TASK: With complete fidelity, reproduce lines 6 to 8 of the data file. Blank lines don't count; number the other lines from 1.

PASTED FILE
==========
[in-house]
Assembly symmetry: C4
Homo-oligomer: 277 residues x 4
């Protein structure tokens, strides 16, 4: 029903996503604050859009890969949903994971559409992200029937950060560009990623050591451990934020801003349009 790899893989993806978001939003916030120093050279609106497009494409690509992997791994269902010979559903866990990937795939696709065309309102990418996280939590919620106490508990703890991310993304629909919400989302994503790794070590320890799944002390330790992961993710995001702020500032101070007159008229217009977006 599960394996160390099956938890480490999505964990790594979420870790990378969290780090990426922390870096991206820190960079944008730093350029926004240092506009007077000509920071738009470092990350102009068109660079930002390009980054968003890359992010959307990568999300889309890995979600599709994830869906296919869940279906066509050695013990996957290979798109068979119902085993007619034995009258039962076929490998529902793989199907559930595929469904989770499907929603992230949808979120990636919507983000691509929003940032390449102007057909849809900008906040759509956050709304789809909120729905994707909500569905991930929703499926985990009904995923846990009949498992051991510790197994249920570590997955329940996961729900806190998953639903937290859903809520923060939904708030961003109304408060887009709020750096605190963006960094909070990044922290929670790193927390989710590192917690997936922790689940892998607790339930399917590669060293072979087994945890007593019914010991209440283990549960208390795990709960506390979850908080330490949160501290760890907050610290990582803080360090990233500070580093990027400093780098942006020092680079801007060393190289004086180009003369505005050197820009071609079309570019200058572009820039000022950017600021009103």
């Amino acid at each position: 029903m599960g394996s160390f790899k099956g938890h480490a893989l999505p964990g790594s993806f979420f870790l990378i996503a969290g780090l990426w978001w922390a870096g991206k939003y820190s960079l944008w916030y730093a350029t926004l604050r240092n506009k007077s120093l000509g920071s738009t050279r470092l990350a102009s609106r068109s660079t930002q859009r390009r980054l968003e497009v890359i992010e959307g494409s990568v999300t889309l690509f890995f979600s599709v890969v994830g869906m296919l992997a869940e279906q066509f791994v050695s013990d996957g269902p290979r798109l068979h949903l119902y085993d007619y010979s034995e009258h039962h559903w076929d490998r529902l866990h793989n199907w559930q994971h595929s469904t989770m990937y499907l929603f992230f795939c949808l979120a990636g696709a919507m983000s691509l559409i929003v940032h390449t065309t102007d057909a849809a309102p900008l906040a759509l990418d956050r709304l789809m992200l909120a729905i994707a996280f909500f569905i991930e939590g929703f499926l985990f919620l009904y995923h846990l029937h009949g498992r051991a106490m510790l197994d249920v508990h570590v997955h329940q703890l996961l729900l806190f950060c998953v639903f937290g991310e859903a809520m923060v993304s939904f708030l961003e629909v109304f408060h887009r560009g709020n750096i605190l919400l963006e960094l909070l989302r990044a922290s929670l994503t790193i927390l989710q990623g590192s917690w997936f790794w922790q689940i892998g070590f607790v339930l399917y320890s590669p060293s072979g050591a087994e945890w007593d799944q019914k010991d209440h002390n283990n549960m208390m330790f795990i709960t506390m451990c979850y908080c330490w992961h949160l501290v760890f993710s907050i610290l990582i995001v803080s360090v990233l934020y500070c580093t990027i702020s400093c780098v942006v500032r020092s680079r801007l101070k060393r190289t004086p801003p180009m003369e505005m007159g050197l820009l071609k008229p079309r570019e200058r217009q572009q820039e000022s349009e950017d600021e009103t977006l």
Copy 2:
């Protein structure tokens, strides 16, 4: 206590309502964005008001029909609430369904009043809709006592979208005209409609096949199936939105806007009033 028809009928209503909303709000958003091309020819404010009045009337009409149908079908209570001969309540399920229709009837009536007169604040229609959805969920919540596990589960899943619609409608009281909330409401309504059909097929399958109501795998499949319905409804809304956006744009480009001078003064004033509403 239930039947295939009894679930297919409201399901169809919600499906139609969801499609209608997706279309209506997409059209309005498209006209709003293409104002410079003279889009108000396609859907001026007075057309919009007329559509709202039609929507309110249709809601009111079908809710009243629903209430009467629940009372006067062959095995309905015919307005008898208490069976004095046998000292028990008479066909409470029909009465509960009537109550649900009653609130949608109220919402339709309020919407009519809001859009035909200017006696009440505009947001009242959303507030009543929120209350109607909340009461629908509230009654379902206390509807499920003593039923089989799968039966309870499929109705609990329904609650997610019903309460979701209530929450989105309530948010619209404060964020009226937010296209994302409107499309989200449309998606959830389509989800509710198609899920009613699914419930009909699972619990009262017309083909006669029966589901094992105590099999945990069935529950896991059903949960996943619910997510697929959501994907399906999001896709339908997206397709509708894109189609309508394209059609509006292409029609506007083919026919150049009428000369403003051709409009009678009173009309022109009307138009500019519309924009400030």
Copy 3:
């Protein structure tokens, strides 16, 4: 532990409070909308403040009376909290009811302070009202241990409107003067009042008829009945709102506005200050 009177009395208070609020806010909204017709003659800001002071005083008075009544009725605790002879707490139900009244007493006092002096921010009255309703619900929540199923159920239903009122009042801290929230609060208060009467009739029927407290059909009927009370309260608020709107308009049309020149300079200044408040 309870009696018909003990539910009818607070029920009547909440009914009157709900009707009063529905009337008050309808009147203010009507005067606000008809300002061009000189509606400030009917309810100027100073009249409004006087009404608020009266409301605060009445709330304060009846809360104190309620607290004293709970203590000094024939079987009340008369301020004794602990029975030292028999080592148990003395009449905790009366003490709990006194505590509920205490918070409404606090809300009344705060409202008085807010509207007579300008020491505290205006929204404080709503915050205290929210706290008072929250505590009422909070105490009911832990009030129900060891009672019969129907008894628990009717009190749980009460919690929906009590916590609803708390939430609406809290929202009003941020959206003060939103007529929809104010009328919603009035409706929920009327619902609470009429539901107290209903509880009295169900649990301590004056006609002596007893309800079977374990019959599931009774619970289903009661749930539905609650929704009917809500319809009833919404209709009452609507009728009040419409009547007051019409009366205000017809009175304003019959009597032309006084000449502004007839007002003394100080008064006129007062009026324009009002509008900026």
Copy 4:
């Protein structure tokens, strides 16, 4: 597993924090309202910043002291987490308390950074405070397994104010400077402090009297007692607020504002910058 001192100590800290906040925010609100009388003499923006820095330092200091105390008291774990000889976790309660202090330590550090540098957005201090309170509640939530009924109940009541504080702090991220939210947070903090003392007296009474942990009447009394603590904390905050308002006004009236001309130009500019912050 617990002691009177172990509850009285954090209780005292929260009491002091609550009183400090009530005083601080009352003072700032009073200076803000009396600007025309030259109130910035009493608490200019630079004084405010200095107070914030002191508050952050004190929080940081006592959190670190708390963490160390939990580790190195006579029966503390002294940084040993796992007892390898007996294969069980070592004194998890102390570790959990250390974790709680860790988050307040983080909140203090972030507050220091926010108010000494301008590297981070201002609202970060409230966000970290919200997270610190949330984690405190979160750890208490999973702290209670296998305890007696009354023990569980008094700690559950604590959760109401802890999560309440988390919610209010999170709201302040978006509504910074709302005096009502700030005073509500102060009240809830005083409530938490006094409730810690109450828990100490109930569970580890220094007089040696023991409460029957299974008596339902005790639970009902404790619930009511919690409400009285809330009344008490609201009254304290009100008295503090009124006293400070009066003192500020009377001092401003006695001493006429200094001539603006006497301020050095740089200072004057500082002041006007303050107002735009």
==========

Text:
Copy 2:
């Protein structure tokens, strides 16, 4: 206590309502964005008001029909609430369904009043809709006592979208005209409609096949199936939105806007009033 028809009928209503909303709000958003091309020819404010009045009337009409149908079908209570001969309540399920229709009837009536007169604040229609959805969920919540596990589960899943619609409608009281909330409401309504059909097929399958109501795998499949319905409804809304956006744009480009001078003064004033509403 239930039947295939009894679930297919409201399901169809919600499906139609969801499609209608997706279309209506997409059209309005498209006209709003293409104002410079003279889009108000396609859907001026007075057309919009007329559509709202039609929507309110249709809601009111079908809710009243629903209430009467629940009372006067062959095995309905015919307005008898208490069976004095046998000292028990008479066909409470029909009465509960009537109550649900009653609130949608109220919402339709309020919407009519809001859009035909200017006696009440505009947001009242959303507030009543929120209350109607909340009461629908509230009654379902206390509807499920003593039923089989799968039966309870499929109705609990329904609650997610019903309460979701209530929450989105309530948010619209404060964020009226937010296209994302409107499309989200449309998606959830389509989800509710198609899920009613699914419930009909699972619990009262017309083909006669029966589901094992105590099999945990069935529950896991059903949960996943619910997510697929959501994907399906999001896709339908997206397709509708894109189609309508394209059609509006292409029609506007083919026919150049009428000369403003051709409009009678009173009309022109009307138009500019519309924009400030």
Copy 3: